You’re a Good Man Charlie Brown

You’re a Good Man, Charlie Brown was written in 1967 by Clark Gesner and is a musical based on the Peanuts cartoons created by Charles M Schulz. From modest beginnings off-Broadway the show has developed a cult following and is continually performed around the world, especially by theatre schools, summer camps and rep groups. The show gained more followers after the 1999 revival which starred Kristin Chenowerth and performed successfully at the Tony Awards, with a new song created by Andrew Lippa. The show follows a typical day in the life of Charlie Brown, along with his dog Snoopy. Characters such as Schroeder, Lucy and Linus all make an appearance with a number of group songs to tie the narrative together.

You're a Good Man Charlie Brown Original Poster

Clark Gesner

Clark Gesner

Clark Gesner

based on the comic strip Peanuts by Charles M. Schulz

Arthur Whitelaw & Gene Persson

Joseph Hardy

Patricia Birch

You're a Good Man Original Broadway

You're a Good Man Charlie Brown - Original Off Broadway

Theatre 80 - Opened 7 Mar 1967, closed 14 Feb 1971, 1597 performances

Cast: Bill Hinnant, Reva Rose, Karen Johnson, Bob Balaban, Skip Hinnant, Gary Burghoff

You're A Good Man Original London

You're a Good Man Charlie Brown - Original London

Fortune Theatre - Opened 1 Feb 1968, closed 1 Jan 1970, 116 performances

You're A Good Man Broadway Revival

You're a Good Man Charlie Brown - Broadway Revival

Longacre Theatre, Ambassador’s Theatre - Opened 4 Feb 1999, closed 13 Jun 1999, 149 performances

Cast: Anthony Rapp, Stanley Wayne Mathis, Ilana Levine, BD Wong, Kristin Chenowerth, Roger Bart

What was your favourite production? Add your thoughts in the comments box


The show opens with Charlie Brown standing alone as his friends surround him with positive remarks. This prompts him to wonder if he really is what they think and he strives to be a better character, (“You’re a Good Man Charlie Brown”). At school he talks about how some days are better than others, and notices the Little Red-Haired Girl that he wants to sit with but can’t find the courage to do so. Lucy tells everyone she is infatuated with Schroeder and asks him if they can be married. He ignores her and continues to play the piano, “Schroeder”.

Snoopy relaxes on the top of his doghouse and begins to daydream about being chased, (“Snoopy”). Linus enters along with his blanket that he keeps with the all the time and is mocked by Lucy and Sally. He has a fantasy involving a world where everyone can relax with their favourite blankets, (“My Blanket and Me”).
Charlie Brown tries to get his kite to fly (“The Kite”) but it ends up getting caught in the kite-eating tree. Charlie Brown tries to give Lucy a Valentine’s Day card but ends up going wrong and making a fool of himself. Lucy acts as a Doctor and begins to analyse his habits, “The Doctor is In”. Schroeder gets the whole company to delight in the news of Beethoven’s birthday and they all sing “Beethoven Day”.

At school everyone has to work on their Peter Rabbit book report and everyone is worried about the 100 words. Schroeder compares it to Robin Hood, Linus delivers a complicated psychological analysis and Charlie Brown can’t even seem to put pen to paper, (“The Book Report”).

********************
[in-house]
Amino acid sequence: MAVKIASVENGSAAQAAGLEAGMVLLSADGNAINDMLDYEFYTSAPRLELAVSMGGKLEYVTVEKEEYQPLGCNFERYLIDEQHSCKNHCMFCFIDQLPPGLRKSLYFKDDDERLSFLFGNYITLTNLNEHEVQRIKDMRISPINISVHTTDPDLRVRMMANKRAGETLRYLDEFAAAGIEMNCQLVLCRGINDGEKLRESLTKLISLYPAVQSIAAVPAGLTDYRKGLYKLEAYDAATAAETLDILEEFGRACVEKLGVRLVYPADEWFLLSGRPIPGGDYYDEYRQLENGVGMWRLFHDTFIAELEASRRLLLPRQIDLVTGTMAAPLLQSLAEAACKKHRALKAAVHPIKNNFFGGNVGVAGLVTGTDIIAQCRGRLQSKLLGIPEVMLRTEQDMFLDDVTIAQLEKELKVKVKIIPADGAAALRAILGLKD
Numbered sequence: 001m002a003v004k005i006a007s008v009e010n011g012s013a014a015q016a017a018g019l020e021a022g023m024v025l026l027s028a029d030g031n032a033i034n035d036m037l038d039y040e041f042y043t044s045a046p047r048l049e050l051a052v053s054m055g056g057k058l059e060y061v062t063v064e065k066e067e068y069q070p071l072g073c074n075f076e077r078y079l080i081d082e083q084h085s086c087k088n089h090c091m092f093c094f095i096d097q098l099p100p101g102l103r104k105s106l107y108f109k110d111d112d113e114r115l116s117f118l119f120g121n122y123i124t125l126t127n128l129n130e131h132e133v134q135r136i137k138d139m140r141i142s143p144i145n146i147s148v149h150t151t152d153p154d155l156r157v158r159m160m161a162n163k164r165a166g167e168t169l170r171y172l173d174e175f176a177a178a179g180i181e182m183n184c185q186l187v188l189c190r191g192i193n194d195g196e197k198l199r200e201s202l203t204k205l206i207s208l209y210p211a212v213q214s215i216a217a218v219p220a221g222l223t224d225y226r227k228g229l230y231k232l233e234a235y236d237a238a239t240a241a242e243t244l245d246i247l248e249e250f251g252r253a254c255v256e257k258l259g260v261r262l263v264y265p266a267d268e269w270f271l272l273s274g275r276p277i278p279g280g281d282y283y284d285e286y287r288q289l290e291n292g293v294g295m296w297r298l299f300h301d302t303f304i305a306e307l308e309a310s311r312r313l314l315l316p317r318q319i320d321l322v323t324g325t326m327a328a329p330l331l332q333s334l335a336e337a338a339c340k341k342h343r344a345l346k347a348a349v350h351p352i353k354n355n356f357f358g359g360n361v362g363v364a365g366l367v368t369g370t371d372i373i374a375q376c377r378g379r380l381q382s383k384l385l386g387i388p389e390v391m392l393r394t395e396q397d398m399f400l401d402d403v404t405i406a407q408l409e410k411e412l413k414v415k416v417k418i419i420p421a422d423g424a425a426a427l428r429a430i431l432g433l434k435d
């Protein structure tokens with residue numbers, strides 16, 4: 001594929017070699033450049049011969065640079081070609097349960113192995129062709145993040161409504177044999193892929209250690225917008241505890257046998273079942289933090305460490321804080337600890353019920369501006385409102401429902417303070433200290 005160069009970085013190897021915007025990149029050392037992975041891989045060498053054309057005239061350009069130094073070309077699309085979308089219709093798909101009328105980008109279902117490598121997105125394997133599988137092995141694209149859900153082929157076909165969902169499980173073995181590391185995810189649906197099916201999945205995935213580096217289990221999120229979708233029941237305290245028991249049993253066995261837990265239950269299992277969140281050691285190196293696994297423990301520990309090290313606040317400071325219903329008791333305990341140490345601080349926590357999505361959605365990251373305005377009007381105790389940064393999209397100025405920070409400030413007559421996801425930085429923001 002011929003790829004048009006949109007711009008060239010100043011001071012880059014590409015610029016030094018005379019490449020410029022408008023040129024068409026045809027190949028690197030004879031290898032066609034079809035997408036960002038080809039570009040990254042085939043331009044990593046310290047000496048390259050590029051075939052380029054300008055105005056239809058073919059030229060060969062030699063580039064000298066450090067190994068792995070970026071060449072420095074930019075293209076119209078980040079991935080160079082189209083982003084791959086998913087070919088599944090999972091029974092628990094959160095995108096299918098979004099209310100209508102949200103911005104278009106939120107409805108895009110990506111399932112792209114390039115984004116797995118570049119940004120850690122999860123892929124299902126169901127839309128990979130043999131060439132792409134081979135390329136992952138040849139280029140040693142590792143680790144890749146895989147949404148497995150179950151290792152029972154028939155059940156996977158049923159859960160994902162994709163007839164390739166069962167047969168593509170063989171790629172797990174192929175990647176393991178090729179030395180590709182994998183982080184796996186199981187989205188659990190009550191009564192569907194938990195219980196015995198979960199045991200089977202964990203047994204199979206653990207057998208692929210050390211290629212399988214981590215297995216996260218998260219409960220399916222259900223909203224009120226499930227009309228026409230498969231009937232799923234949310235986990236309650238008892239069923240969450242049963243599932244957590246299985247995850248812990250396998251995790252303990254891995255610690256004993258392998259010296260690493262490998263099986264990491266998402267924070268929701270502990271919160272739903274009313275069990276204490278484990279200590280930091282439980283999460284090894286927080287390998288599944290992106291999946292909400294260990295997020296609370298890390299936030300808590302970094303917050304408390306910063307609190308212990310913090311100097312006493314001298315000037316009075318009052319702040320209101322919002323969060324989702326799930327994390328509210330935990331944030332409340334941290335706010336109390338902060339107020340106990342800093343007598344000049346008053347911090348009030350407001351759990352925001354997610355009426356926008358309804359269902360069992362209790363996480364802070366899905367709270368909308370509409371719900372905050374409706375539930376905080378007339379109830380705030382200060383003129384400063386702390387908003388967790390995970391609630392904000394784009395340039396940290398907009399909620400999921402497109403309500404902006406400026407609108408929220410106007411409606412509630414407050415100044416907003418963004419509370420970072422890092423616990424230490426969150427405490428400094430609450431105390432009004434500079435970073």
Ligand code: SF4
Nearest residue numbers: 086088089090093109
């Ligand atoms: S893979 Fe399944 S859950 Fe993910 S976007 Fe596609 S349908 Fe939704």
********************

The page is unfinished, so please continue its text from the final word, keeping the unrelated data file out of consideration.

The second act begins with Snoopy pretending he is a World War I pilot, searching for “The Red Baron”. Sally is upset that her teacher has given her a D on her homework assignment and develops a “New Philosophy” which involves the word “NO!” The group take part in the Little League Baseball Championship and as Charlie Brown steps up to bat he strikes out and loses the whole game, (“The Baseball Game”). Lucy realises that her crabbiness rating if 95% and is upset with herself. Looking for a new talent, Charlie Brown joins Schroeder’s Glee Club which no one seems to taker seriously, leaving Snoopy as the only one singing, “Glee Club Rehearsal”.

Lucy tries to teach Linus about the ways of the world including examples of bugs making the grass grow and eagles being the best food for Thanksgiving. Charlie Brown knows this is wrong but she won’t be corrected on her “Little Known Facts”. Snoopy meanwhile is upset that Charlie Brown hasn’t fed him and bursts into a production number about “Suppertime”. Charlie Brown is still trying to figure out what makes him a ‘good man’ and discovers a pencil which the Little Red-Headed Girl has dropped. He realises that is has teeth marks on and that she is therefore human! He finally understands that it is the little things in life that can lead to “Happiness” and realises that to be a ‘good man’ you have to try your best.



  • Opening
  • You’re A Good Man, Charlie Brown
  • Bridge To Schroeder
  • Schroeder
  • Quick Changes
  • Snoopy
  • Change Music
  • My Blanket And Me
  • Change Music (To Lucy)
  • Queen Lucy
  • Change Music (To Kite)
  • The Kite
  • Valentines
  • Lucy Opens Shop
  • The Doctor Is In
  • Snoopy-Sugarlips
  • The Book Report
  • Leaf


  • The Red Baron
  • Change Music
  • Rabbit Chasing
  • Change Music
  • The Baseball Game
  • Baseball Tag
  • Crabbiness Survey
  • Bridge To Glee Club
  • Glee Club Rehearsal
  • Change Music
  • Quick Changes
  • Little Known Facts
  • Suppertime
  • Night Scene (vamp 1)
  • Night Scene (vamp 2)
  • Night Scene (vamp 3)
  • Night Scene (last vamp)
  • Happiness
  • Bow Music

From the Revival Version (music by Andrew Lippa)

  • My New Philosophy
  • Beethoven Day

1967 Drama Desk Awards: Best Performer, Outstanding Direction of a Musical.

1968 Grammy Award: Best Show Album

1999 Tony Award: Best Featured Actor in a Musical (Rodger Bart), Best Featured Actress in a Musical (Kristin Chenowerth)


UK: Music Scope UK

USA: Tams-Witmark

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